Restoring The Health Of Sagg Pond

Some of Southampton Town’s water quality improvement project funds will go toward fighting harmful algal blooms in Sagaponack Pond. Independent/Desirée Keegan

Harmful algal blooms will be attacked in Sagaponack Pond with the help of Dr. Christopher Gobler and an aquatic management plan.

Gobler, a professor at the Stony Brook University School of Marine and Atmospheric Sciences who is also the director of its Center for Clean Water Technology and runs his own laboratory across from the school’s Marine Sciences Center, will be receiving Southampton Town water quality improvement project funds for the cleanup efforts. The town awarded him $56,000 a year for two years to plan, maintain, monitor, and rejuvenate Sagg Pond. The aquatic restoration component includes the installation of monitoring sensors and removal of sand for inlet openings.

Gobler will be monitoring water quality — temperature, salinity, pH, phytoplankton, blue-green algae levels — determining factors promoting the growth of toxic blue-green algae, evaluating nutrient sources into Sagg Pond, tracking both fecal bacteria and food-borne pathogen contamination, and assessing suitability for feeding animals that can clean the water by eliminating these particles.

“We can rapidly assess what’s going on in this pond in real time with this project,” said Ryan Wallace, a Stony Brook Ph.D. candidate who works at the Gobler Laboratory. “We know that there’s probably bacteria within this pond, and a significant amount, but we don’t have any data to back that up. Surveys can look at bacterial concentrations and detect the source.”

Determining the different sources of nitrogen and phosphorous and how they’re entering the pond will be important for remediation purposes and distinguishing whether the contamination is a result of humans or animals. From there, a plan of action can be put into place to correct the issues. What compounds the problem though, is when the pond is opened to the Atlantic Ocean, and the saltwater mixed with that of the freshwater pond.

Sagg Pond had been on New York State Department of Environmental Conservation harmful algal blooms notification list from July 20 to October 18, 2018, the last time sampling was done.

“Mecox does not even have that intensity of harmful algal blooms,” said Trustee Ann Welker, whose board worked with Gobler to present the application for money from the Community Preservation Fund for the project. “Although a significant study is being done on Mecox, each water body is single and separate and should be treated as such. Mecox is considerably larger and considerably deeper than Sagg Pond.”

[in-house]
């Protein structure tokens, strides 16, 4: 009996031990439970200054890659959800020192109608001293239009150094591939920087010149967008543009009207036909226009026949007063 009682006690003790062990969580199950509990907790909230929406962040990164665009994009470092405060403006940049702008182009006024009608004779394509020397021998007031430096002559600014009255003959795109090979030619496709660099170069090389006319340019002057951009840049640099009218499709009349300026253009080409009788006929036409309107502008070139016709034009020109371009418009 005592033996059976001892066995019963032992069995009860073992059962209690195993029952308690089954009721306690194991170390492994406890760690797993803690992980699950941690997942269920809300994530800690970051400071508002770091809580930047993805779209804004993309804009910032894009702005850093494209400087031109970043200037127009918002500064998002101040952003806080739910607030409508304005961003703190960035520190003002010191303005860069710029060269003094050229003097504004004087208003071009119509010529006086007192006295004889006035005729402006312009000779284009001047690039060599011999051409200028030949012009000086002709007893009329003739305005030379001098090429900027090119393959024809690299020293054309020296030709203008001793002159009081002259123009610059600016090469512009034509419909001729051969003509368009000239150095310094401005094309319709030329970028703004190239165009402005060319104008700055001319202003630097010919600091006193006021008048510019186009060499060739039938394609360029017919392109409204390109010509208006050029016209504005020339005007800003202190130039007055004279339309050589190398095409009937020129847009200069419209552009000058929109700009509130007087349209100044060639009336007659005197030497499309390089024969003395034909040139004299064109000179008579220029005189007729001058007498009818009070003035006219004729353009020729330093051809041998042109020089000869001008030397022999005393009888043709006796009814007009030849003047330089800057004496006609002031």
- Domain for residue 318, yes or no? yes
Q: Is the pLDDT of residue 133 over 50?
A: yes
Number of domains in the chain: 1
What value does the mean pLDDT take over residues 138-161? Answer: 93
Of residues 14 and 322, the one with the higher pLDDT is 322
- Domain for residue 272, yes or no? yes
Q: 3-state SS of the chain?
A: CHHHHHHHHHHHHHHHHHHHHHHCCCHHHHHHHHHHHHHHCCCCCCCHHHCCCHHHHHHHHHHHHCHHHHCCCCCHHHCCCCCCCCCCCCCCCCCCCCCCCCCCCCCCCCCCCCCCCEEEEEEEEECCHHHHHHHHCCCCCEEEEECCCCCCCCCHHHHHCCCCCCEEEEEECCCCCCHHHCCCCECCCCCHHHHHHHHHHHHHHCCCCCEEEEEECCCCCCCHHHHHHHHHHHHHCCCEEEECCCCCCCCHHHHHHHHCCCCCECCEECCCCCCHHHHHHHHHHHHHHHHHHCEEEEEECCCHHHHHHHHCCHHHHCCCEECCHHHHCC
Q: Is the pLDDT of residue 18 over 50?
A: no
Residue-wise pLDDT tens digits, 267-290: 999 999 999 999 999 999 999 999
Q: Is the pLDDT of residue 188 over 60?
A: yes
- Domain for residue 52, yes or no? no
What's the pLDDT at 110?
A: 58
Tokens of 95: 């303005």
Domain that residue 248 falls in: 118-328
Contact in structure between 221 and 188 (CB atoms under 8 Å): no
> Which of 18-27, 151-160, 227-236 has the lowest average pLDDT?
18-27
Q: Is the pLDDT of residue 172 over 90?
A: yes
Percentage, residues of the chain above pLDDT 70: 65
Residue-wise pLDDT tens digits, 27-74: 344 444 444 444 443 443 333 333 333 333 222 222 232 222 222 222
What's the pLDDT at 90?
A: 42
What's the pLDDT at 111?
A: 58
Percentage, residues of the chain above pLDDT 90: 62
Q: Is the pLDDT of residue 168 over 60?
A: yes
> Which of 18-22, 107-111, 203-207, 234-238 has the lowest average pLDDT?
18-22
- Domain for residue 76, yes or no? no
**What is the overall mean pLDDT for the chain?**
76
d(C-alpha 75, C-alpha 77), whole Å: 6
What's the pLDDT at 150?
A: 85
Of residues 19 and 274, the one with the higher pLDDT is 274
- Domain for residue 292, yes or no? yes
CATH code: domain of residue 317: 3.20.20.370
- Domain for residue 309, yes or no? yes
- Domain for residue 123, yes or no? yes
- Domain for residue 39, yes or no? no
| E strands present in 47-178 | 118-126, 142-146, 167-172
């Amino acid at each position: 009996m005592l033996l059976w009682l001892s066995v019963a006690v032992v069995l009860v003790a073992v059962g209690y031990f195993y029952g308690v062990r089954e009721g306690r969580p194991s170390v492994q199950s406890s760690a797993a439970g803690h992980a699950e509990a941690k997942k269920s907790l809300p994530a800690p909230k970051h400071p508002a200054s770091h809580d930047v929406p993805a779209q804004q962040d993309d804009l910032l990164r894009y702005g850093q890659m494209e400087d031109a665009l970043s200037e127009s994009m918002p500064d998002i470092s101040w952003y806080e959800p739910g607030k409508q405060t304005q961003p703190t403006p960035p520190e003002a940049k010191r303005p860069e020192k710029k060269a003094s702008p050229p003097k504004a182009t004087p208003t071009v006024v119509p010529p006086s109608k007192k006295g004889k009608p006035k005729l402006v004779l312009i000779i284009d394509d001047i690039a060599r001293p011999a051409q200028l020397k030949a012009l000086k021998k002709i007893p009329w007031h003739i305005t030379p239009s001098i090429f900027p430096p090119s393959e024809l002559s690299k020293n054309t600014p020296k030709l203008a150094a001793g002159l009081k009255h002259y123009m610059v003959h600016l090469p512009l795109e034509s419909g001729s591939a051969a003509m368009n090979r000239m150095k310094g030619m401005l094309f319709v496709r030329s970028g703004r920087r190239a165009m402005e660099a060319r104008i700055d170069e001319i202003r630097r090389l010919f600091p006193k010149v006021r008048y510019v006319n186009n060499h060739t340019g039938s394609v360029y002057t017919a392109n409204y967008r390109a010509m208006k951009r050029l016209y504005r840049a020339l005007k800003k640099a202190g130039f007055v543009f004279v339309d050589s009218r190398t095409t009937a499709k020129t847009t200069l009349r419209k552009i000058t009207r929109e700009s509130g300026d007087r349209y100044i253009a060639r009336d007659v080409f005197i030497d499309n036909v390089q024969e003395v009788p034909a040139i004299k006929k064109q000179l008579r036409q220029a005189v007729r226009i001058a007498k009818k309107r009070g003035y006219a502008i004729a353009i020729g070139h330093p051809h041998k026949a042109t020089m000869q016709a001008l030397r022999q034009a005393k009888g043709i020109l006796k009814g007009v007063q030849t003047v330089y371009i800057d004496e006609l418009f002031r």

Supervisor Jay Schneiderman said he’s hoping the Mecox management plan in the works can create a template for Sagg Pond.

“I hope there’s more similarities than there are differences,” he said.

Councilman John Bouvier said it’s the informational qualities of the proposal that are invaluable.

Toxins, specifically liver toxins, have been picked up in the pond in recent years, according to Wallace, who said because there is very little data, not much is known about the pond. The money will help fund a telemetry buoy, which will measure toxin concentrations every 10 minutes and stream the recordings back to the lab’s website.

The Center for Clean Water Technology, which at a June 6 work session unveiled the first phase of a nitrogen-removing biofilter, was awarded $195,000 to conduct a site characterization assessment to tie a filter in with the existing sanitary systems at the Westhampton Beach high and middle schools for increased nitrogen removal. The waste would be reduced to less than 5 mg/L, and from 1800 pounds to 90 per year.

The Bridgehampton Beach Club’s request for funding was partially met. It will receive half what it asked for, or $43,465, for the design costs and installation of a new alternative sanitary system to replace a single existing cesspool installed in the early 1900s.

The seasonal club, off Ocean Road, is used three months out of the year and is upgrading its pavilion.

“We believe this is a good thing — that we engage with people who want to upgrade their systems, and we have the funds to do so,” said town Assistant Planning Director Janice Scherer. “It’s in a high-priority area.”

Architect Peter Cook said the pavilion is being upgraded to address membership needs. He said while there’s no outside events like weddings planned for this year, there currently is no kitchen inside the not-for-profit facility, which is one of the additions that would go along with the sanitary system. The club will be breaking ground after Labor Day.

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